With the help of an app, Nunavut hunters document the changing Arctic

With the help of an app, Nunavut hunters document the changing Arctic

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It’s fall in Nunavut, Canada, and Richard Kakk is . Snow that started in September has placed him in a landscape of white, broken only by the ice-crusted slate blue of the Gulf of Boothia to the west, the patches of exposed black rock in the rolling hills to the east, and the brown splotches of the caribou herd up ahead. Though temperatures are nowhere near the winter lows of -30° Celsius (-22° Fahrenheit), it’s no place to tarry, particularly if a should show up interested in his kill.

Even so, after Kakk harvests a caribou, the full-time hunter from the community of Kugaaruk stops to take his phone from his bag. With a few taps, he records how many caribou he saw in the herd, how many males and how many females, and whether the herd looked healthy. When he returns home, he’ll upload this information to a database owned wholly by his community. There, Kakk’s data can help guide important management decisions about Nunavut’s diverse wildlife.

Harvesters learn how to work the NWMB’s mobile tablets at a workshop. Image by Rebecca Jeppesen.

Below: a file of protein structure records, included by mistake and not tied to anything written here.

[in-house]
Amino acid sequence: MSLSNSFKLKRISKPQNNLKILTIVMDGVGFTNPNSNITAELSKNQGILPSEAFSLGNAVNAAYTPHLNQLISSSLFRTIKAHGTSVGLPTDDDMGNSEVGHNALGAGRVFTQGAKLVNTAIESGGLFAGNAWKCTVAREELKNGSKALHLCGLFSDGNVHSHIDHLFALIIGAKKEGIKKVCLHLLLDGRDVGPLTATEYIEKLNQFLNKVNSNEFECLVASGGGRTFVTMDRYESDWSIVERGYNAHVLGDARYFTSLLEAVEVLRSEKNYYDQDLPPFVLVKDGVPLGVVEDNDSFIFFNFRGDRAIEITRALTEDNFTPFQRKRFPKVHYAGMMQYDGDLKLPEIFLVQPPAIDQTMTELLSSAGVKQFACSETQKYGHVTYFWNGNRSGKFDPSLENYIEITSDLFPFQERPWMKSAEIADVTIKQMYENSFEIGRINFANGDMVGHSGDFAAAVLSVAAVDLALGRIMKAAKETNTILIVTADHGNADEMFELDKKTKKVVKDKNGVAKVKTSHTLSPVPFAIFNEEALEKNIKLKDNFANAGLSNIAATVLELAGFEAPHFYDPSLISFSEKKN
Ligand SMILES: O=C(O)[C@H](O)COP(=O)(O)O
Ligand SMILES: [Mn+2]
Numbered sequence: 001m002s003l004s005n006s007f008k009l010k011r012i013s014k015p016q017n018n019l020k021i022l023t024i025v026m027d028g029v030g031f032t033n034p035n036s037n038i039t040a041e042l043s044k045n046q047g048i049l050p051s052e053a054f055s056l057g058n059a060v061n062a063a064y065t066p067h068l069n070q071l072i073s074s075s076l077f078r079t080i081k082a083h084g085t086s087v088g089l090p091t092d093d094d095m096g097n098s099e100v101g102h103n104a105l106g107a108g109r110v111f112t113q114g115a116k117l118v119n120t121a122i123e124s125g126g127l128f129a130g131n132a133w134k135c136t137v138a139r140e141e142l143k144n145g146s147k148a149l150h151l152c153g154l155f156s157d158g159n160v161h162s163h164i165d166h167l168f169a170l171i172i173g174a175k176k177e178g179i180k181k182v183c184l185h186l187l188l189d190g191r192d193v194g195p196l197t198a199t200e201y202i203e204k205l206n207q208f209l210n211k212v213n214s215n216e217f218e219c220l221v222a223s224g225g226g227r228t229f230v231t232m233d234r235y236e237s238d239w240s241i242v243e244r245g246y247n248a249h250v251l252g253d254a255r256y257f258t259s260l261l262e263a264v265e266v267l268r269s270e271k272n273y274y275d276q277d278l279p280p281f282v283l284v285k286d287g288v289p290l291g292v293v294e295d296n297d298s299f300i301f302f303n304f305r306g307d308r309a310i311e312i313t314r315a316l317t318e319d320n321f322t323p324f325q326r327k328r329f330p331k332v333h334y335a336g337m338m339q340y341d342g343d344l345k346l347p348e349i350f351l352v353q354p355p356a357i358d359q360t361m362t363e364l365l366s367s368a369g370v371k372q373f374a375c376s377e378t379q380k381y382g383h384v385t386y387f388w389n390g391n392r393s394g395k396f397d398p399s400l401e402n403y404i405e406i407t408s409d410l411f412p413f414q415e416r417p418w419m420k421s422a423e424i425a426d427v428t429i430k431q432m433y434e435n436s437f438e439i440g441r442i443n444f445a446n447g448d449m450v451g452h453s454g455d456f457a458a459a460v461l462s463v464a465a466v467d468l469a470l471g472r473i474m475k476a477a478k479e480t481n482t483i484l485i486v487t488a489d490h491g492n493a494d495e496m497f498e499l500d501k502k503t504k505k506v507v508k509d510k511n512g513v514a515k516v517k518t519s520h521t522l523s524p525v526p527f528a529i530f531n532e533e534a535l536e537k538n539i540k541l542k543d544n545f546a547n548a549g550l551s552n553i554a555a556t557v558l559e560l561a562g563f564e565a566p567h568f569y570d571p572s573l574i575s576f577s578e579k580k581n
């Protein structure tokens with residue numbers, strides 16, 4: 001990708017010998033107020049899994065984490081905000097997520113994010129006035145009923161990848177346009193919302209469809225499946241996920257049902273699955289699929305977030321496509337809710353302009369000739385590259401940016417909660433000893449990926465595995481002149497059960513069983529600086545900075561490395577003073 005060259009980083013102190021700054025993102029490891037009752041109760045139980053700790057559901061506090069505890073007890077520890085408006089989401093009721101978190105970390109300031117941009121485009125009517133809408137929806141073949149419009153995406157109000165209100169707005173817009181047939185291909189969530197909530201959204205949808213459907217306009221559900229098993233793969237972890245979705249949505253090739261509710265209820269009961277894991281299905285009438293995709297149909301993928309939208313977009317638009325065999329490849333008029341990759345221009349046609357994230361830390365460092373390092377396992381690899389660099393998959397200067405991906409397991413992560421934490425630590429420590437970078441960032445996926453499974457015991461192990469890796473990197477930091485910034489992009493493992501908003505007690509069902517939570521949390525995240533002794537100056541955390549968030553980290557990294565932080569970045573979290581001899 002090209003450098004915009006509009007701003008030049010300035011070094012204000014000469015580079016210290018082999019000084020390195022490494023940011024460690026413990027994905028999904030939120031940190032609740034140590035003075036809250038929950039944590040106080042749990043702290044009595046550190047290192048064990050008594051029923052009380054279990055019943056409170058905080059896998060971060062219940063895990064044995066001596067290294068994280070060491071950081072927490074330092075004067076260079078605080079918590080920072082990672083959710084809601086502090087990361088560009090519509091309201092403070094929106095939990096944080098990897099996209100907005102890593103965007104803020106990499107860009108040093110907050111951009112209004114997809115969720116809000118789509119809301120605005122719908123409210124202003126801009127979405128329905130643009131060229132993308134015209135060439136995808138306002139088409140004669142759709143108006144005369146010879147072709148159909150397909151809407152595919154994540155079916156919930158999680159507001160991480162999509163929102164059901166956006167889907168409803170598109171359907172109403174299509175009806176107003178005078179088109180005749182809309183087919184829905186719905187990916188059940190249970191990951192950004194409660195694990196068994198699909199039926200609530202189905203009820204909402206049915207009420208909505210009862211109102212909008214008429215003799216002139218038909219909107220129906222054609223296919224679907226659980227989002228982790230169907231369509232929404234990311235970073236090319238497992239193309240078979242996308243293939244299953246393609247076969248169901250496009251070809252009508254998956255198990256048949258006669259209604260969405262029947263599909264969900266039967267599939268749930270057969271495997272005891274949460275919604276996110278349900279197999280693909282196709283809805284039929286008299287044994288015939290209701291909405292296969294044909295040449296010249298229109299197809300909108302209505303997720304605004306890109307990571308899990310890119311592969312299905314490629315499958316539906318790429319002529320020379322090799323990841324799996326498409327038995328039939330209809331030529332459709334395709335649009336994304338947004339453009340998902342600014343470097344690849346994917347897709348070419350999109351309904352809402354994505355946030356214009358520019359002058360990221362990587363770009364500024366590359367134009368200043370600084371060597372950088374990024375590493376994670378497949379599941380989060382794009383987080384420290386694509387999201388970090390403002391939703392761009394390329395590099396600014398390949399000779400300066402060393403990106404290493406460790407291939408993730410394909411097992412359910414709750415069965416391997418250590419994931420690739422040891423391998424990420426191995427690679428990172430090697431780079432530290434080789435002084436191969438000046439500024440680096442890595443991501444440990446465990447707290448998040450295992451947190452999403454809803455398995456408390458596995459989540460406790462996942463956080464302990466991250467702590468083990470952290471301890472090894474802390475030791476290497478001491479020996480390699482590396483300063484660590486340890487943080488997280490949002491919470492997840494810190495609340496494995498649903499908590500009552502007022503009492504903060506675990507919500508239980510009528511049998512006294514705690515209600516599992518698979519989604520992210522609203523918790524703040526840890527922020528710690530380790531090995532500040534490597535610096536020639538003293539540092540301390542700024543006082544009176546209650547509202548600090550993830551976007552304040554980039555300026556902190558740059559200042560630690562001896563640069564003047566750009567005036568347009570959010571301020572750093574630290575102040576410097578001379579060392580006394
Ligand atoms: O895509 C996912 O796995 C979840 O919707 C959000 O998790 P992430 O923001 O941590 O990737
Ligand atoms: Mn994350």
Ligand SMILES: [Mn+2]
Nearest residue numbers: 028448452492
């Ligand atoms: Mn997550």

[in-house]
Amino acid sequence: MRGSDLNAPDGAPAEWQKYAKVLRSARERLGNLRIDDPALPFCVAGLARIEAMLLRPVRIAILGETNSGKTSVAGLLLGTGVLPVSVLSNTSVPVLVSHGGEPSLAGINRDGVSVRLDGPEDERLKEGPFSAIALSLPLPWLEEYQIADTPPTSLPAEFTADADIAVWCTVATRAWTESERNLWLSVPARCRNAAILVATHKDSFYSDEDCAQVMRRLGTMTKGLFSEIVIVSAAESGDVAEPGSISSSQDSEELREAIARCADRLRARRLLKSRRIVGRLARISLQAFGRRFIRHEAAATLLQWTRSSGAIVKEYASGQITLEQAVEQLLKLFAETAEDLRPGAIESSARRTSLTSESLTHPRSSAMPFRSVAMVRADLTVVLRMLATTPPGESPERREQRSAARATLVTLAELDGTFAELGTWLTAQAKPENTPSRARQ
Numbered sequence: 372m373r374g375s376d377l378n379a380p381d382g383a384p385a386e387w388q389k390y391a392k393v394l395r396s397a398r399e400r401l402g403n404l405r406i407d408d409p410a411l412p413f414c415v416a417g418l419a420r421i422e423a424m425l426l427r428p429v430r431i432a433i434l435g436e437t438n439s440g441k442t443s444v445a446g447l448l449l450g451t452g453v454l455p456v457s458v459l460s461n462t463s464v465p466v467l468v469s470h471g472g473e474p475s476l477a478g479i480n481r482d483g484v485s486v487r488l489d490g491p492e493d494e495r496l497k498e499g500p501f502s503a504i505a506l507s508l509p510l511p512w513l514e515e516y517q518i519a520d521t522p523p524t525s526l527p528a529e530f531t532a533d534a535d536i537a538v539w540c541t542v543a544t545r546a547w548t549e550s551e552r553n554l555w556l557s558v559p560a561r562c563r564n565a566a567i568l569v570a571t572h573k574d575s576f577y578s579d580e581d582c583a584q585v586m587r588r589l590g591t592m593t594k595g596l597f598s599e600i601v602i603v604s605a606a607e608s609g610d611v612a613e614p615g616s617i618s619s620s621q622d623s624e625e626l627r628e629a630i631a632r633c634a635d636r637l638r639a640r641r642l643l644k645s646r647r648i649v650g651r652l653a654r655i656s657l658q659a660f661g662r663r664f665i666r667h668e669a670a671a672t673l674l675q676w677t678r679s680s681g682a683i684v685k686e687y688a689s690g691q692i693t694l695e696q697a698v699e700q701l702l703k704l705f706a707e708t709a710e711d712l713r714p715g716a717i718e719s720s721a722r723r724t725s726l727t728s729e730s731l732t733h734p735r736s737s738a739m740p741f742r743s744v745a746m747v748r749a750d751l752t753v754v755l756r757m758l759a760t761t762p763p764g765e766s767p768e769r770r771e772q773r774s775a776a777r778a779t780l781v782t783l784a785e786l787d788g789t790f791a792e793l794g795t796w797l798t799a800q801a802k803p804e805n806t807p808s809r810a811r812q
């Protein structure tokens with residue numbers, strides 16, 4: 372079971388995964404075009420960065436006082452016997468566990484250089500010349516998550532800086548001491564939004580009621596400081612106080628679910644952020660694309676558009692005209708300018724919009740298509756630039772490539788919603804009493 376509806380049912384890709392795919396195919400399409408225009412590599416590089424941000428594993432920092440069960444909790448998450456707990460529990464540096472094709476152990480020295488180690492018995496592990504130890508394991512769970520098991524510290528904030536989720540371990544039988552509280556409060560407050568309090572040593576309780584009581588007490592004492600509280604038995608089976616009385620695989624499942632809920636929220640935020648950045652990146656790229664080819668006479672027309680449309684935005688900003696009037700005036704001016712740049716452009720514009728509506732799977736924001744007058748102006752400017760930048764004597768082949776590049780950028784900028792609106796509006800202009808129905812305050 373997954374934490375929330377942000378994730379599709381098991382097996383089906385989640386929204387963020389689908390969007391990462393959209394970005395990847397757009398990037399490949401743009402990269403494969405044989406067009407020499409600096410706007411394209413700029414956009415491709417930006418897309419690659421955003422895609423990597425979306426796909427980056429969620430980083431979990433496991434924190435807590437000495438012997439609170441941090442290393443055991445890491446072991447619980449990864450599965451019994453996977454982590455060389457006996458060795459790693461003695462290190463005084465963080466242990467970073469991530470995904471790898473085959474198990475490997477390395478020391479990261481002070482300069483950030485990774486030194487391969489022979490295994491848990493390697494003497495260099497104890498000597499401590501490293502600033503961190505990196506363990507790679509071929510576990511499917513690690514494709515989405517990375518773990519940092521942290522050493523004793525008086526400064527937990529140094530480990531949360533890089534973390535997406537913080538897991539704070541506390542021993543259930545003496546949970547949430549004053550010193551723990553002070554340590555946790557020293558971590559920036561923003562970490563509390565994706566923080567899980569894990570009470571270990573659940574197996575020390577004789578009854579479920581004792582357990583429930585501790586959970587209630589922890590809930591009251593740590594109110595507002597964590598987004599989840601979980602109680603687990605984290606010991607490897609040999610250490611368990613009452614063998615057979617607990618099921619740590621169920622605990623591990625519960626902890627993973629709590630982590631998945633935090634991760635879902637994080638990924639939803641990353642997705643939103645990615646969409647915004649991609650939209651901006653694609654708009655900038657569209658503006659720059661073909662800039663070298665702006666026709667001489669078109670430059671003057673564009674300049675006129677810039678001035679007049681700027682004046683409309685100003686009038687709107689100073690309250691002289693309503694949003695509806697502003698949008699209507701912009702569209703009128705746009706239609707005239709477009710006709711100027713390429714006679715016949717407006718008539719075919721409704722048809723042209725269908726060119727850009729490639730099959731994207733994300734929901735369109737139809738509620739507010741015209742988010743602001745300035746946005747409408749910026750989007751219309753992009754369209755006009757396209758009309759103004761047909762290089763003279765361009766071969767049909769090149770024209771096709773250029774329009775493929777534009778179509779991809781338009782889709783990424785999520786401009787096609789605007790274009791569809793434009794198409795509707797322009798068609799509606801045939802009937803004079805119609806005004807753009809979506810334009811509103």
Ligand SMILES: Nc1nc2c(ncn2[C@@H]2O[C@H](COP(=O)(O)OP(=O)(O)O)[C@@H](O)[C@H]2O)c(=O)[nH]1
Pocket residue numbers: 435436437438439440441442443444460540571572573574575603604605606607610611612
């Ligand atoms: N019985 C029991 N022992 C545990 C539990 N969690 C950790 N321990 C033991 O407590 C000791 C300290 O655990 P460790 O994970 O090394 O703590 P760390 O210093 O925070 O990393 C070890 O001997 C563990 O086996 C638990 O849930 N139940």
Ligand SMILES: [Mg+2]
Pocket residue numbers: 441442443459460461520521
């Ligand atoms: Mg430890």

“These harvesters are generating knowledge that is impossible to obtain from science or social science research alone,” said Denis Ndeloh Etiendem, director of wildlife management at the Nunavut Wildlife Management Board (NWMB). Ndeloh Etiendem co-authored a recent paper in the journal Arctic Science about the program’s first eight years of operation.

This community-based wildlife monitoring project, an effort of the NWMB, occupies a unique place at several crossroads: of modern technology and traditional practices; of bureaucracy and self-governance; and of Western science and Indigenous knowledge. These are crossroads that are not always simple to navigate, and sometimes conflicting. But according to program managers, the program offers tremendous potential.

For much of the program’s run, participating harvesters have used weatherproof handheld tablets to document their field observations. While hardy, these tablets are also expensive, the high cost limiting the program’s scope to just three communities over a three-year monitoring period.

This year, the NWMB reconfigured the tablet app to run on any Android phone. While simple, this technological change could vastly expand the program’s information-gathering potential.

Kakk and other program participants told that the new app has made it significantly easier to record observations. Ndeloh Etiendem said that the app will ideally let them operate the community-based monitoring constantly across the territory, with no time limit to how long participants can log information.

“More importantly, this information is owned by the community,” he added. “They can make their own decisions using the eyes of their own harvesters, in real time. They don’t have to apply to the government for data for information about a study that happened three years ago and wait for the bureaucratic process to come around.”